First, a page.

South Korea’s monthly exports crossed the $50 billion mark for the first time in October. Solid demand from the developed world was what drove the country’s performance. Korea has also run a current account surplus for 19 straight months. The country’s foreign-exchange reserves increased to $343.2 billion in October, pushing it into seventh place globally. The recovery in Korea’s economy is looking more stable, and Korea should be commended for this. Such a brilliant achievement, however, may not be the blessing it appears to be.
Some economists have warned of two major risks involved in accumulating large foreign exchange reserves: first, there is an opportunity cost that central banks incur by investing in low-yielding, safe assets with minimal returns; second, the value of the large reserves holdings is vulnerable to changing exchange rates. On top of these drawbacks, there are the currency-war cries among trading partner countries. Lately, for example, the U.S. Treasury Department in a semiannual “currency report” warned the Korean government not to intervene in currency markets. This report is intended to ensure that major trading partners do not use their currencies to gain a competitive edge over U.S. exports. It encouraged the Korean government to limit intervention to “exceptional circumstances of disorderly market conditions.”
The Korean won’s strength should reflect South Korea’s strong economic fundamentals, including a large and growing current-account surplus. And yet Korean policy makers are worried about big gains in the won hurting exports. The won has gained around 7 percent against the dollar since July. The won’s rise was largely driven by massive inflows of foreign capital by investors seeking better returns in South Korea, one of the best-performing emerging economies in Asia.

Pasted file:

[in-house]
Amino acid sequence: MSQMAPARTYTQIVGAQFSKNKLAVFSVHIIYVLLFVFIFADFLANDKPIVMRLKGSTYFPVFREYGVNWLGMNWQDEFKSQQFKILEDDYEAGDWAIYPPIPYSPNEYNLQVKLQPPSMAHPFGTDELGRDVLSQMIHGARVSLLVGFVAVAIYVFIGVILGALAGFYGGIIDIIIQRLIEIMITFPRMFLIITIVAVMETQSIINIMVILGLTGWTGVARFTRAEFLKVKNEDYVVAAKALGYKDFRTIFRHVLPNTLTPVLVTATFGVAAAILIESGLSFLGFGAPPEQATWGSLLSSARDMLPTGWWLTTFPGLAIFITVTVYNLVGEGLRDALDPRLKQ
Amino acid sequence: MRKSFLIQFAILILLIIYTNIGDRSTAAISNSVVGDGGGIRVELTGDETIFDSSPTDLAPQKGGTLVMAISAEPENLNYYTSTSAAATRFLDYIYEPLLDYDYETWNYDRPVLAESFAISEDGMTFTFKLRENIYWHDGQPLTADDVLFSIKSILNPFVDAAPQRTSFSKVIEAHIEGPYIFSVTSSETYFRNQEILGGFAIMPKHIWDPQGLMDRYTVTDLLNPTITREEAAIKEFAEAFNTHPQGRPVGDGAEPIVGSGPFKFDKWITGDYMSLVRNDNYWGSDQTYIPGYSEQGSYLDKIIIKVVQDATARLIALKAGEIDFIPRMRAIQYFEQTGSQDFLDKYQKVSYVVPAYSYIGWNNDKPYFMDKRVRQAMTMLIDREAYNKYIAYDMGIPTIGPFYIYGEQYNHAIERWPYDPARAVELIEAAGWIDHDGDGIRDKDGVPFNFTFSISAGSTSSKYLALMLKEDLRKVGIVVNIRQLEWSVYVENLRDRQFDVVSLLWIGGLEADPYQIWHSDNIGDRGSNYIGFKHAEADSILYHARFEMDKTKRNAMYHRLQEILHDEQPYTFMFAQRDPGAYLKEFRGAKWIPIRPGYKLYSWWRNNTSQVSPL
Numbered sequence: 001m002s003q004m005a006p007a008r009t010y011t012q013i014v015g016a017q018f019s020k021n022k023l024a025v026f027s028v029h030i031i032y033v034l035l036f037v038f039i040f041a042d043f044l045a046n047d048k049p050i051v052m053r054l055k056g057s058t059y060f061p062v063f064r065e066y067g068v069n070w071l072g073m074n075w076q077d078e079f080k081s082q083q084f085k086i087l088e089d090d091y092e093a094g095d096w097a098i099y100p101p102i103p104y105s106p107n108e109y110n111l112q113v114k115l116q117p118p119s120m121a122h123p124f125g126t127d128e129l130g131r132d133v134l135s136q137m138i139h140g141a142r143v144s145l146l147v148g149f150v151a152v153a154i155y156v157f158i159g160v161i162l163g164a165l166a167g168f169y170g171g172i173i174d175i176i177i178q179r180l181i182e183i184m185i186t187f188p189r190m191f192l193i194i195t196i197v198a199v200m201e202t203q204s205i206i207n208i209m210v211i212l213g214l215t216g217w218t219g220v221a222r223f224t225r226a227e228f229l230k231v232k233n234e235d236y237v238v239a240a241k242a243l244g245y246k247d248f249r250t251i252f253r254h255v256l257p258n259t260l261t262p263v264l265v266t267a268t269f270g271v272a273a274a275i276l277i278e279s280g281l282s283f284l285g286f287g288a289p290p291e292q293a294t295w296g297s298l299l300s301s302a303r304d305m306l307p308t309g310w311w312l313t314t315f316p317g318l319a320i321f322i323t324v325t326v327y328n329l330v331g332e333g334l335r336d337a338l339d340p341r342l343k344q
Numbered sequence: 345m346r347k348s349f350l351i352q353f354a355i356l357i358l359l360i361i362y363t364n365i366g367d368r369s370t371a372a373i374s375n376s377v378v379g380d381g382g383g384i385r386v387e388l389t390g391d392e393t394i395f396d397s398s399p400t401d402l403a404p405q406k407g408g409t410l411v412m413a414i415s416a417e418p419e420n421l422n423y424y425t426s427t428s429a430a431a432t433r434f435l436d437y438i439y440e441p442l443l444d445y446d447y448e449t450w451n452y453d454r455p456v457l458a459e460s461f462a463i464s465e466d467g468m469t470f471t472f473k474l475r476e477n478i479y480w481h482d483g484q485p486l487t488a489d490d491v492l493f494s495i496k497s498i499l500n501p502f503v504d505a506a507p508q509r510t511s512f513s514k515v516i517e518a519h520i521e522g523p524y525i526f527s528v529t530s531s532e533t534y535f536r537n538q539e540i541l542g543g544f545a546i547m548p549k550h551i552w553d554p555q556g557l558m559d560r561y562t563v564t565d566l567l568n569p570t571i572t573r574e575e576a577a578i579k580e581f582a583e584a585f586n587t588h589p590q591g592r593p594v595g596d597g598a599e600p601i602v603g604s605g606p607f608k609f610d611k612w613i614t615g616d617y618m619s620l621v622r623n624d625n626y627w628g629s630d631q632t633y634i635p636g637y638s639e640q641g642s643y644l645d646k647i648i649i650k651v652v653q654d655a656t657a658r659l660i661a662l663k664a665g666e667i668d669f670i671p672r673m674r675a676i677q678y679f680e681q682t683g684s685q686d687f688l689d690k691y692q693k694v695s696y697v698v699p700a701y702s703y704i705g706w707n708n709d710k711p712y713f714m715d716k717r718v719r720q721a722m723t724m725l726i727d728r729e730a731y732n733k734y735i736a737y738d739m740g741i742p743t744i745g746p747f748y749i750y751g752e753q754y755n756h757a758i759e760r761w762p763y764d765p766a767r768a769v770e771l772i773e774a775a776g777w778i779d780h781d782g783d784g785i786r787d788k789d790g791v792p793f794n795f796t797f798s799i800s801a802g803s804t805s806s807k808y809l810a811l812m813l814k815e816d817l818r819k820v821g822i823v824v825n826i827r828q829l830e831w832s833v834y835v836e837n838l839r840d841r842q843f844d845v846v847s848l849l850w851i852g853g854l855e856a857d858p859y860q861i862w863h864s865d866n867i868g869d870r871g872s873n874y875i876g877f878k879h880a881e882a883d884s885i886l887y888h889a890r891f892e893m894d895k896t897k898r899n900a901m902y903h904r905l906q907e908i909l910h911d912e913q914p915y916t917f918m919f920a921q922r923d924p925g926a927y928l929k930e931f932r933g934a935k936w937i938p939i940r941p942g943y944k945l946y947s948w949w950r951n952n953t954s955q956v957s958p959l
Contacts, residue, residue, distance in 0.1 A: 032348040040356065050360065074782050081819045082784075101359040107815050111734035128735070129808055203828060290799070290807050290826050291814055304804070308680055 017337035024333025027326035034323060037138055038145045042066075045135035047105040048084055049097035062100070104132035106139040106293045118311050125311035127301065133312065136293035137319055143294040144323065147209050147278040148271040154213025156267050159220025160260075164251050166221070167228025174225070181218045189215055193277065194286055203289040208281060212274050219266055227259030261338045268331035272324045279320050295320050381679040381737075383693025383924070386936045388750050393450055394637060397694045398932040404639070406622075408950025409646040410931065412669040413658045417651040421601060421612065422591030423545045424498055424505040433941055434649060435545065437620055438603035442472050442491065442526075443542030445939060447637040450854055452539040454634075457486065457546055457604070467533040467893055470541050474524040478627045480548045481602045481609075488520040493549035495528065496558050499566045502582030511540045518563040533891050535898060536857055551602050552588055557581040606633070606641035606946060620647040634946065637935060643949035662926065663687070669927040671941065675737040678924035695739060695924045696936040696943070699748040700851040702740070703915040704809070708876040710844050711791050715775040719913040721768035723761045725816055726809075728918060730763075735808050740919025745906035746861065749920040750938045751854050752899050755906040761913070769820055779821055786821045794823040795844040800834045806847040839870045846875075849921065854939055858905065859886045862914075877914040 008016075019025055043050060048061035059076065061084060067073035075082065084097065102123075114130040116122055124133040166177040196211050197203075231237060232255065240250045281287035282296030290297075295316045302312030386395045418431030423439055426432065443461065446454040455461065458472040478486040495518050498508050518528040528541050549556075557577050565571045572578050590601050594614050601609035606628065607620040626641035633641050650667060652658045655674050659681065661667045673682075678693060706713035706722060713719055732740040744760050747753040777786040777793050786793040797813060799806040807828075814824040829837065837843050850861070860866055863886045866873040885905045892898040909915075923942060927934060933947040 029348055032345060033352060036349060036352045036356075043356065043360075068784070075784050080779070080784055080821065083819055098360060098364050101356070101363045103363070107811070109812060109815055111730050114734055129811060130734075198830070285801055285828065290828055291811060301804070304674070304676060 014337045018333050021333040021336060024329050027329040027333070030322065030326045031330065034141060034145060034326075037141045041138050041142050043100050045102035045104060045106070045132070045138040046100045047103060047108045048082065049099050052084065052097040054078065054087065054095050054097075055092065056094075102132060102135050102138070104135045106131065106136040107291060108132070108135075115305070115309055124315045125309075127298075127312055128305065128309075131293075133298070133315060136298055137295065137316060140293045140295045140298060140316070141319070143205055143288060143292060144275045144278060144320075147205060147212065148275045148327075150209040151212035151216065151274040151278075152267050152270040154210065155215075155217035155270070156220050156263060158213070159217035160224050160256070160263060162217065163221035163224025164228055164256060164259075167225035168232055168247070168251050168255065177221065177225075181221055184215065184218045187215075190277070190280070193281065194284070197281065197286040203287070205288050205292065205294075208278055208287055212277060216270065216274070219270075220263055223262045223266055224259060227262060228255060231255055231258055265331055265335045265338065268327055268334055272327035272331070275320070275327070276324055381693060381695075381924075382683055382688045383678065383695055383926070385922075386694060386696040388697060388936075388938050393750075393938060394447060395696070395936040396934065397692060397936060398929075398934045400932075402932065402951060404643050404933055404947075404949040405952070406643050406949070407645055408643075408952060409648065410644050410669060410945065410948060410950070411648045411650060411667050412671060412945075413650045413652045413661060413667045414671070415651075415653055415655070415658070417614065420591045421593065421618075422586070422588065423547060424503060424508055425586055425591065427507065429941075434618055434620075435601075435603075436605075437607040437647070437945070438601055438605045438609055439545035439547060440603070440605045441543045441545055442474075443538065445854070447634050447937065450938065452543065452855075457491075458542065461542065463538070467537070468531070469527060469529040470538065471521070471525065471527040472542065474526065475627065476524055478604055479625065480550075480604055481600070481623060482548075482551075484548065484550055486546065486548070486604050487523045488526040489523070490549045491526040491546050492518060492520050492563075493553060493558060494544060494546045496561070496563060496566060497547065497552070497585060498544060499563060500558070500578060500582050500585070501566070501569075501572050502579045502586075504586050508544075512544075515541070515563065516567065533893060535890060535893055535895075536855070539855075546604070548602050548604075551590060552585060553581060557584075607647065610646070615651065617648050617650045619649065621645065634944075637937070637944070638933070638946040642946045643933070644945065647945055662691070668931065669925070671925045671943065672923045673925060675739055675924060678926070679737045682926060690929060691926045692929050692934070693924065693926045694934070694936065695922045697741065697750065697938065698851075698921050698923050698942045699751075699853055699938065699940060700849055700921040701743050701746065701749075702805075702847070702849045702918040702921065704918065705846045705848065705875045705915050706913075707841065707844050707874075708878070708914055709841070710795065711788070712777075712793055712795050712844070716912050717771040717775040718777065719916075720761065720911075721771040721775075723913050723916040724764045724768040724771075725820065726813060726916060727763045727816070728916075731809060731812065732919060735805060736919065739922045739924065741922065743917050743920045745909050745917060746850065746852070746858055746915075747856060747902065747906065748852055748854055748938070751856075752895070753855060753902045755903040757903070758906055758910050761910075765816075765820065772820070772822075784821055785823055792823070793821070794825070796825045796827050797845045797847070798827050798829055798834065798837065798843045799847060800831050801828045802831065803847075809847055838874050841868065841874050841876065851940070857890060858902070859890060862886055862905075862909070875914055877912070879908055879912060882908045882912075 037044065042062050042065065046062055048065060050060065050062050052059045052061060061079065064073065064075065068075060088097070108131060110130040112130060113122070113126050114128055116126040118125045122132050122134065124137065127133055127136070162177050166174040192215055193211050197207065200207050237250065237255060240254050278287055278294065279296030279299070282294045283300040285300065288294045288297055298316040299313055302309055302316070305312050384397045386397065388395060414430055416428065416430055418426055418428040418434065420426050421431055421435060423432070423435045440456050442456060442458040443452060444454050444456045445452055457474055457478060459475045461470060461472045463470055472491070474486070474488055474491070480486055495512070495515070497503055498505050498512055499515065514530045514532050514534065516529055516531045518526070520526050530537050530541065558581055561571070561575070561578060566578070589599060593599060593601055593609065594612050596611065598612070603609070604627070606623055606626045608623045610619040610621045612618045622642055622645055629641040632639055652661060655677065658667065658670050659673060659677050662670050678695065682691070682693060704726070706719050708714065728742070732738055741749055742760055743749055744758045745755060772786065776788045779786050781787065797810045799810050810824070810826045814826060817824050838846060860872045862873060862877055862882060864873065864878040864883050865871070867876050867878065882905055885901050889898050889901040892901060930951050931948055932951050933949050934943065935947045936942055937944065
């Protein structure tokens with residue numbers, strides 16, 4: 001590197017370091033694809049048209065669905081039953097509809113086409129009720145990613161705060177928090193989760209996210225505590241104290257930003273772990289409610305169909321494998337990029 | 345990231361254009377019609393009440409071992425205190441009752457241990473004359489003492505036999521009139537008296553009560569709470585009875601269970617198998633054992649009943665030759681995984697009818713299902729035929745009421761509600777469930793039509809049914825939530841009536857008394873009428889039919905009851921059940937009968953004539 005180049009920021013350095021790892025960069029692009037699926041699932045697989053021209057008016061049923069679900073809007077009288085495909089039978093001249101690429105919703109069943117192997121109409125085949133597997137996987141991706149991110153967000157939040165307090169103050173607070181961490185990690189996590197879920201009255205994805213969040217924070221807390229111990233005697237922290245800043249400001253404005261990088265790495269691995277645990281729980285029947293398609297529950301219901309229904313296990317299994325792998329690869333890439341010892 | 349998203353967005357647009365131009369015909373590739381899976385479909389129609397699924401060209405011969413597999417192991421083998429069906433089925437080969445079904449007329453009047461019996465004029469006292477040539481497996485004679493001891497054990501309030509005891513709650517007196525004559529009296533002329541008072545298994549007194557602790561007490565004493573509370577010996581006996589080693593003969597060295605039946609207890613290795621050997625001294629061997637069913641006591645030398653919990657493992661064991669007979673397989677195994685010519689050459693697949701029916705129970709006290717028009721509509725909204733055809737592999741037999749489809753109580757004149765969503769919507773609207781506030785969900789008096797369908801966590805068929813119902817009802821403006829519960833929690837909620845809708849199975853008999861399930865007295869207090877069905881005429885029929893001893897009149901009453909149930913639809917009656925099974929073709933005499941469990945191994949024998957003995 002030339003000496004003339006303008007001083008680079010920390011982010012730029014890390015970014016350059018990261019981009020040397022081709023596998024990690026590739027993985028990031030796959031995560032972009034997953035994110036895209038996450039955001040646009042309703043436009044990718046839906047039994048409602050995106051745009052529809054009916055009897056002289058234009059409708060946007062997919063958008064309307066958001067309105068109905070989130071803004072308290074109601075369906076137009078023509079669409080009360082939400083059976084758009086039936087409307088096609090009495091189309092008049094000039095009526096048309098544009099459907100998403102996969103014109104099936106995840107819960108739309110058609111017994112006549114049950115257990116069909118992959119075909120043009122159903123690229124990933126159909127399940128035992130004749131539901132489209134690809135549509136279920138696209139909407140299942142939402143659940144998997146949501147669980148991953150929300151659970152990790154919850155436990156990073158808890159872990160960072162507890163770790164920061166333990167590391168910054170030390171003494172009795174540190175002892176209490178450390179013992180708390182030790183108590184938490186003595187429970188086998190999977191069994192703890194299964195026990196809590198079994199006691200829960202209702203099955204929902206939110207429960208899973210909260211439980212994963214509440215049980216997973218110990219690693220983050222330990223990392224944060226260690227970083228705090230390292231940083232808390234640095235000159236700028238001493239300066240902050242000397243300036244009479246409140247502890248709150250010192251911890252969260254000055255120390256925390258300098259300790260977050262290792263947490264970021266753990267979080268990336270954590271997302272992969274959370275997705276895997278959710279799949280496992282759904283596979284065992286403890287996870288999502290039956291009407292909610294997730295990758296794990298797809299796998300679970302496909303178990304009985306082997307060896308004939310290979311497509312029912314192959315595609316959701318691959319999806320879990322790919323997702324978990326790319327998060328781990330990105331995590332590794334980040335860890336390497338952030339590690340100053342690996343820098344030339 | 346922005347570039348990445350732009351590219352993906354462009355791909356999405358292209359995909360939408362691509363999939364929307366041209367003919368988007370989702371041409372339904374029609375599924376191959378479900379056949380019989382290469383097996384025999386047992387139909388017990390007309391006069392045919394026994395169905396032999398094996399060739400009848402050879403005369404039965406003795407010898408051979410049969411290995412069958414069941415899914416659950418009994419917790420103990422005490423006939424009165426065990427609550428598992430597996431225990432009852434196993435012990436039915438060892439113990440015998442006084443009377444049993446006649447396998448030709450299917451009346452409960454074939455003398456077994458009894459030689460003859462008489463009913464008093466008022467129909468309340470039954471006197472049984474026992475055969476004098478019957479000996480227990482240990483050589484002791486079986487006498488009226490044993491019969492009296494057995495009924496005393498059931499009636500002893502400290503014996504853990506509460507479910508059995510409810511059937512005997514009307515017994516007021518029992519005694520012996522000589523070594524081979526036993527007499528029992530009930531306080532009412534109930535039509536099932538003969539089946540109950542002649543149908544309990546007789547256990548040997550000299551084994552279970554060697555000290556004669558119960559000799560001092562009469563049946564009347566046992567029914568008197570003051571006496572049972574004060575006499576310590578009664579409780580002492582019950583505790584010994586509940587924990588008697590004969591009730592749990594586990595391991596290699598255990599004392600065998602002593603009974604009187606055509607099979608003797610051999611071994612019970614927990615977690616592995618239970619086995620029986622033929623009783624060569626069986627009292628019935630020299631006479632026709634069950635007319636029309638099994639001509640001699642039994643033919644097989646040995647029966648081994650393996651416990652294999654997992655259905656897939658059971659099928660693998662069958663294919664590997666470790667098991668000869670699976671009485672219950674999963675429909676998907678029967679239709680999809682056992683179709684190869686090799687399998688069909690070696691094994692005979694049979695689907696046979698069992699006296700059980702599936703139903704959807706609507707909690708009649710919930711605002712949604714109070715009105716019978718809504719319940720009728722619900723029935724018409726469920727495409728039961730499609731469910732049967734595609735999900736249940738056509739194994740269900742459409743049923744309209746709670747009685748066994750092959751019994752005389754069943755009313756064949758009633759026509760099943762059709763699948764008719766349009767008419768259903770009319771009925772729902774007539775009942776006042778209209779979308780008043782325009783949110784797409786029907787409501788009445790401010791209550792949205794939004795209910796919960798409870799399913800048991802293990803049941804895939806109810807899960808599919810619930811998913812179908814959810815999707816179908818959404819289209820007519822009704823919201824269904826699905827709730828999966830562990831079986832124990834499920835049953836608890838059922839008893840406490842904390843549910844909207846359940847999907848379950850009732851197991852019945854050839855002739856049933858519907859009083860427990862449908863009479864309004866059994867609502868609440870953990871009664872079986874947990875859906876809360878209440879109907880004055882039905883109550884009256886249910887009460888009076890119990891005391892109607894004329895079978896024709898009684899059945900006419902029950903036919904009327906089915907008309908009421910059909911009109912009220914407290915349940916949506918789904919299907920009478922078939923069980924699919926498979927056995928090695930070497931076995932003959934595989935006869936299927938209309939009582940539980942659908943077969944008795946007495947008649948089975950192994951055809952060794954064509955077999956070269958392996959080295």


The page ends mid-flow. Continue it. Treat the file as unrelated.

Korean officials are nervous about the possibility of capital flight when global liquidity dries up. The country was one of the worst-hit during the severe foreign-currency liquidity shortage during the 1997-1998 Asian financial crisis and again during the 2008 global financial crisis. If the markets turn volatile, therefore, the officials will take action to stabilize them.
On the other hand, the U.S. and Japan have pursued quantitative easing to stimulate growth following the global financial crisis. QE amounts to printing money ― it is a deliberate currency-weakening policy. It pushes down interest rates and spills cash abroad in search of higher returns, pushing down the value of the easy-money currency.
The resulting currency weakness threatens a currency war. Emerging economies are struggling to maintain growth as their currencies strengthen against the U.S. dollar and the Japanese yen. For these reasons, emerging economies in Asia are among the loudest objectors to QE by the U.S. and Japan. Although the U.S. criticizes other countries for market intervention, the U.S. insists QE is fully compatible with its international obligations.
The chairman of the Fed, Ben Bernanke, argued that QE has not only helped the U.S. economy grow but also helped the world economy avoid deflation and that it is not a beggar-thy-neighbor policy. However, QE and intervention in foreign exchange markets are both weak-currency policies and they essentially manipulate the value of currencies. What is the difference between QE and foreign exchange market intervention? Both are currency-weakening policies, but QE is intervention in bond markets instead of foreign exchange markets. This means a currency war is underway.
By Lee Chae-woong
Lee Chae-woong is professor emeritus of economics at Sungkyunkwan University, Seoul. ― Ed.